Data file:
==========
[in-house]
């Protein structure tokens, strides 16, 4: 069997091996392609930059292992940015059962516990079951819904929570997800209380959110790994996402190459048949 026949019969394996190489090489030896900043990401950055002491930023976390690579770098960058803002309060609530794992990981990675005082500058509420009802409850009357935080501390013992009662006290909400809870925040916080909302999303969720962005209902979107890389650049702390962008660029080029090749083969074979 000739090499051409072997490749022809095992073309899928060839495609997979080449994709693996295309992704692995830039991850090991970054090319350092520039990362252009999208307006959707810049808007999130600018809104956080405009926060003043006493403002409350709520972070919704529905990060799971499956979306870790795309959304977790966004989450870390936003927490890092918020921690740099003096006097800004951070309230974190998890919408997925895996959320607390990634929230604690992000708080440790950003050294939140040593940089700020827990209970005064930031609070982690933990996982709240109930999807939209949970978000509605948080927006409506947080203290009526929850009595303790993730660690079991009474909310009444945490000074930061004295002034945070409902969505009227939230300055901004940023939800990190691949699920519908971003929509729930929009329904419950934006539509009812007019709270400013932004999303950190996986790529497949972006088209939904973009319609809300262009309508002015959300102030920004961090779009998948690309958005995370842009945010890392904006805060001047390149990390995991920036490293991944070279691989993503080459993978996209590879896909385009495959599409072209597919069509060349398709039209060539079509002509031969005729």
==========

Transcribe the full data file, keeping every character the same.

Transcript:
[in-house]
């Protein structure tokens, strides 16, 4: 069997091996392609930059292992940015059962516990079951819904929570997800209380959110790994996402190459048949 026949019969394996190489090489030896900043990401950055002491930023976390690579770098960058803002309060609530794992990981990675005082500058509420009802409850009357935080501390013992009662006290909400809870925040916080909302999303969720962005209902979107890389650049702390962008660029080029090749083969074979 000739090499051409072997490749022809095992073309899928060839495609997979080449994709693996295309992704692995830039991850090991970054090319350092520039990362252009999208307006959707810049808007999130600018809104956080405009926060003043006493403002409350709520972070919704529905990060799971499956979306870790795309959304977790966004989450870390936003927490890092918020921690740099003096006097800004951070309230974190998890919408997925895996959320607390990634929230604690992000708080440790950003050294939140040593940089700020827990209970005064930031609070982690933990996982709240109930999807939209949970978000509605948080927006409506947080203290009526929850009595303790993730660690079991009474909310009444945490000074930061004295002034945070409902969505009227939230300055901004940023939800990190691949699920519908971003929509729930929009329904419950934006539509009812007019709270400013932004999303950190996986790529497949972006088209939904973009319609809300262009309508002015959300102030920004961090779009998948690309958005995370842009945010890392904006805060001047390149990390995991920036490293991944070279691989993503080459993978996209590879896909385009495959599409072209597919069509060349398709039209060539079509002509031969005729």